In the embodiment illustrated in the figures herein, the blender housing 22 is provided with a main housing portion 140 having a cylindrical tubular configuration along a longitudinal axis having an interior housing wall 144. As illustrated, the blender housing 22 is provided with a plurality of baffles 146 that are mounted to the interior housing wall 144, In the configuration illustrated, the baffles 146 are provided as narrow, elongated structures extending from the interior housing wall 144 inward toward, but spaced apart from, the impeller 60. In one embodiment, baffles 146 are provided a baffle pairs 146 1 and 146 2, mounted in opposing fashion on the interior housing wall 144, as indicated in
Turning now to
In order to receive an additive stream such as a liquid polymer, a first nozzle such as inlet nozzle 24 shown in
In some applications, it is advantageous to use a “reverse flow” configuration as shown in
As shown in
In one embodiment, as indicated in
For ease of inspecting, cleaning, and servicing the impellers 60 or 60′, a cleanout access nozzle 260 has been provided. The nozzle 260 has a flanged outlet 262 sealed by a blind cover plate 264 removeably and sealingly secured to the flanged outlet 262 by seal 266, mounting ring 268, and appropriate fasteners such as bolts 270 and nuts 272. To support the in-line blender 20, a pair of support feet 290 and 292 are provided. In one embodiment, apertures 294 in support feet 290 and 292 are adapted for compatibility with the nut and bolt system used for affixing (1) the pipe housing 34 to the mixer mounting nozzle, and (2) for affixing outlet flange 296 to the outlet nozzle 26. Also, such support feet 290 and 292 can be provided in the form of L-shaped brackets, including foot apertures defined by edge walls 297 suitable for mounting anchor bolts 298 to a selected substrate 299, as seen in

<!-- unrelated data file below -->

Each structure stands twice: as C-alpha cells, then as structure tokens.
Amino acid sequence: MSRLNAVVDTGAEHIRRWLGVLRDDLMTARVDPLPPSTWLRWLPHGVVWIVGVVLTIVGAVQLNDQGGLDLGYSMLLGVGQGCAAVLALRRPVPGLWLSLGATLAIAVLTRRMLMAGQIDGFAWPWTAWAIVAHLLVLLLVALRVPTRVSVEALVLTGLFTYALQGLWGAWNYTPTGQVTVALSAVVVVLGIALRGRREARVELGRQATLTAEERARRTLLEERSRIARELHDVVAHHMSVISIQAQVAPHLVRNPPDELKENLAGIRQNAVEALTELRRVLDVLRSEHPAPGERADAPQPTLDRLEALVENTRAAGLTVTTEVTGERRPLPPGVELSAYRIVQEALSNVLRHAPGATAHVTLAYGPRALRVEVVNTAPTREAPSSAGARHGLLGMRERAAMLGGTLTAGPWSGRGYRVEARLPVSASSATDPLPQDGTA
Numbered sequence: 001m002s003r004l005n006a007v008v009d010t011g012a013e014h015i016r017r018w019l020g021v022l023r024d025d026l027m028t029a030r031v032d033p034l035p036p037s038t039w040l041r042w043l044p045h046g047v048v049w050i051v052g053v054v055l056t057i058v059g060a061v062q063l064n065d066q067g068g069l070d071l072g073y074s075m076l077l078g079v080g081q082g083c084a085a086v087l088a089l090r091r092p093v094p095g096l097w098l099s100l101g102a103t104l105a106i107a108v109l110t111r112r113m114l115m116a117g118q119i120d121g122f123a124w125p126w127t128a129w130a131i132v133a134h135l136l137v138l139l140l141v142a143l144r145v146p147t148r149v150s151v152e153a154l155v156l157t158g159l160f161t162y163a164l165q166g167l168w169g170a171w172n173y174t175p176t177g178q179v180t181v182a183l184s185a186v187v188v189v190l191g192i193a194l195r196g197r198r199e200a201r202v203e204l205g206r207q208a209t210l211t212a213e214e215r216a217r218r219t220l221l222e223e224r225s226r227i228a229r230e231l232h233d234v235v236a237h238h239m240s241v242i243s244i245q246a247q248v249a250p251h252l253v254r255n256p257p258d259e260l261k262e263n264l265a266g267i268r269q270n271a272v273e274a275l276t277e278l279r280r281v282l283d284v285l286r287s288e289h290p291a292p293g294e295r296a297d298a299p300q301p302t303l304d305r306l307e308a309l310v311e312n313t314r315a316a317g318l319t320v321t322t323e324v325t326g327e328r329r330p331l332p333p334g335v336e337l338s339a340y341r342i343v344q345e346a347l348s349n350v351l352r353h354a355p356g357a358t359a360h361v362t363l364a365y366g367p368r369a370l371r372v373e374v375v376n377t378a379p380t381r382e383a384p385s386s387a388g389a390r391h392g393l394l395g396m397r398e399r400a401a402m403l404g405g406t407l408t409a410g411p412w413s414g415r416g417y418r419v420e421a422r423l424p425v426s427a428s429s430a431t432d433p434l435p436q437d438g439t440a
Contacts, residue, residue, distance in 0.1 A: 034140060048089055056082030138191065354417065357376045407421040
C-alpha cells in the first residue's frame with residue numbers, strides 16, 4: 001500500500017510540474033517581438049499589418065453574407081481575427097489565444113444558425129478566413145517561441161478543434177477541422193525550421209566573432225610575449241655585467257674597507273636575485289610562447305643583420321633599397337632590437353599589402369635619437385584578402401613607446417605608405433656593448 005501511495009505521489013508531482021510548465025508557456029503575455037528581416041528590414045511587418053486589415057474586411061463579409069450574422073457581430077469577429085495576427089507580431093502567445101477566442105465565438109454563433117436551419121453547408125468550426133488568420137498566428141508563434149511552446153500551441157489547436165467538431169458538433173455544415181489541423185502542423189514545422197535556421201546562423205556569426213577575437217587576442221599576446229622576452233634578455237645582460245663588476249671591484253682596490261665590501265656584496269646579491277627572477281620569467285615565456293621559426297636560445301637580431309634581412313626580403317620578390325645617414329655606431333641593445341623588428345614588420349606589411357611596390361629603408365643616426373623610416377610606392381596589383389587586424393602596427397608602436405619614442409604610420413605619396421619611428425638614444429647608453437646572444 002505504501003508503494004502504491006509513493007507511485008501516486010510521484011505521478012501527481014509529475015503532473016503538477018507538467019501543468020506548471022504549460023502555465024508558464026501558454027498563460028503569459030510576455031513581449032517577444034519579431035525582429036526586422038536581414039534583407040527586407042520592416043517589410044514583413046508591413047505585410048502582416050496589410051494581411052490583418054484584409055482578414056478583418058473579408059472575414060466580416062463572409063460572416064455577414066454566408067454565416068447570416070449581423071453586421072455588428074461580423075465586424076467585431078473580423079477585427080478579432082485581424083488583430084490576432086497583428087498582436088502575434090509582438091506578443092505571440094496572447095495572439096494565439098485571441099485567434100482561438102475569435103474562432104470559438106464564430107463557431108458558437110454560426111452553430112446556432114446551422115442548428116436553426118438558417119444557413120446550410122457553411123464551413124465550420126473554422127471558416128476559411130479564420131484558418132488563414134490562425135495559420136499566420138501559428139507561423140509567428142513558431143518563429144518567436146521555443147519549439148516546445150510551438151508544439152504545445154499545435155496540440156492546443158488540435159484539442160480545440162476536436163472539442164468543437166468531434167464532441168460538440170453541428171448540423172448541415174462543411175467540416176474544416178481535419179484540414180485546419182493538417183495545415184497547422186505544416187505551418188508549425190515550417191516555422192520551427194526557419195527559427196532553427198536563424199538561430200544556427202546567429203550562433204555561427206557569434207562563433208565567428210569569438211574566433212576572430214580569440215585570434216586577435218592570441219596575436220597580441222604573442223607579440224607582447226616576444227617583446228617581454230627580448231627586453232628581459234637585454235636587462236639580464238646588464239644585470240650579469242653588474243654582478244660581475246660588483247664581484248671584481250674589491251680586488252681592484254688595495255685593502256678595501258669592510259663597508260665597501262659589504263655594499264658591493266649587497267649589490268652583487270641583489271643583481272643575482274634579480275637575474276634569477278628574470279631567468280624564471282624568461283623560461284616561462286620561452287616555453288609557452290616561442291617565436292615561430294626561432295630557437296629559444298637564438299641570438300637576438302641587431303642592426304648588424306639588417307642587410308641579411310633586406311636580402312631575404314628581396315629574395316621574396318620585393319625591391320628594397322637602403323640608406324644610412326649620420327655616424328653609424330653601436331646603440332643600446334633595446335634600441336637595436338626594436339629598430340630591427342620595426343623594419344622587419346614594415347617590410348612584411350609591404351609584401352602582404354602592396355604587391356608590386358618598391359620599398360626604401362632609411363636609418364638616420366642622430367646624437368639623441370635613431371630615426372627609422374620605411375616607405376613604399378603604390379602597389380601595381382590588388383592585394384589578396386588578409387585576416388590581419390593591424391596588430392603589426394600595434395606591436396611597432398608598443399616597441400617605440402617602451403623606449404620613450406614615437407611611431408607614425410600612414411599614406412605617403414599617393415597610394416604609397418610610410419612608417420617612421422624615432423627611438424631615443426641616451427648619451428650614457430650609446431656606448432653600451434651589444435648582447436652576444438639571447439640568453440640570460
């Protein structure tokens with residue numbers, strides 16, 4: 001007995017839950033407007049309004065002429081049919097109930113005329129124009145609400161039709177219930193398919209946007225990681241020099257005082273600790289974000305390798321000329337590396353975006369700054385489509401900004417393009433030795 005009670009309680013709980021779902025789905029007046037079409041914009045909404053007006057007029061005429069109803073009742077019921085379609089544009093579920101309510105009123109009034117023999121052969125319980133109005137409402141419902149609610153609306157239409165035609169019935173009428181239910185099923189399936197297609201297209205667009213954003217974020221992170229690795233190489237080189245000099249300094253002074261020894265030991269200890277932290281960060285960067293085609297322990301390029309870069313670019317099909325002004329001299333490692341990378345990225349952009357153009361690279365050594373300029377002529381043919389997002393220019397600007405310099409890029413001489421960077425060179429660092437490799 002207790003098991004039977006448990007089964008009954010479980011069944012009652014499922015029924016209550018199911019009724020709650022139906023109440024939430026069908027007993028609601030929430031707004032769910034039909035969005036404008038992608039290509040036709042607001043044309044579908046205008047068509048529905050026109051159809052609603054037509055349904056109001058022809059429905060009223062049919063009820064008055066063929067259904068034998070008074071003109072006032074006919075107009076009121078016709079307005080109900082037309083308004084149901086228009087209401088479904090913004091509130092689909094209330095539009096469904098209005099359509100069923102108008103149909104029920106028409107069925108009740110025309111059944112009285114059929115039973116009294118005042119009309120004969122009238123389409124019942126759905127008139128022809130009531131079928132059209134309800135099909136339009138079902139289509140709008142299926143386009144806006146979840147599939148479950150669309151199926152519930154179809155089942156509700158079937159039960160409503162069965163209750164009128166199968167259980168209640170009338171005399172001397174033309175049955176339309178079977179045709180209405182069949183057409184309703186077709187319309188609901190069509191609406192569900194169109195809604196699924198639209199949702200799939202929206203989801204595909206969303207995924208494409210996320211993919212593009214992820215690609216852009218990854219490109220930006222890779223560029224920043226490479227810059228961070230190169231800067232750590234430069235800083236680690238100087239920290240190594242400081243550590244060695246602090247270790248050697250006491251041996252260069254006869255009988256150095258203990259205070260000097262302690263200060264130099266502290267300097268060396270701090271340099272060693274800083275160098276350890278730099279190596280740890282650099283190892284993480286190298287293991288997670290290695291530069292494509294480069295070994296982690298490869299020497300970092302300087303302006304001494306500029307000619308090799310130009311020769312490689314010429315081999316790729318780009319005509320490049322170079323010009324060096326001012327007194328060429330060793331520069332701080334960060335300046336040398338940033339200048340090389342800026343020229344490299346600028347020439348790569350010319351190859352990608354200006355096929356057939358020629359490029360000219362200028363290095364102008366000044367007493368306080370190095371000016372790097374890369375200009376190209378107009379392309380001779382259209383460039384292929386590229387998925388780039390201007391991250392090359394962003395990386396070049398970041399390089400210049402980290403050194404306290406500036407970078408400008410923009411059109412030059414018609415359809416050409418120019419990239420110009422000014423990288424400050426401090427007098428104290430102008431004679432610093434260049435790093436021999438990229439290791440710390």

As briefly mentioned above, a motor controller 110 is provided to adjustably set the speed of the motor 46 to drive impeller 60 or 60′ at a predetermined rotational velocity. Normally, the motor 46 is, but need not necessarily be, an electric motor. The motor controller 110 is usually configured for continuous drive of the motor 46. However, the motor controller 110 is of the type suitable for adjustably controlling the speed at which the motor 46 drives the impeller 60 or 60′.
By use of the in-line blender described herein an improved method of dewatering of sludge can be practiced. This method includes providing an in-line blender downstream of a sludge pump 300 (see
Subsequent to the mixing step, the sludge/polymer mixture is subjected to the step of dewatering in a dewatering apparatus 302, such as a centrifuge 208. Alternately, the dewatering unit 302 can be practiced in the form of filtration, such as via a belt filter. The method is particularly applicable and useful for the treatment of a municipal wastewater treatment sludge.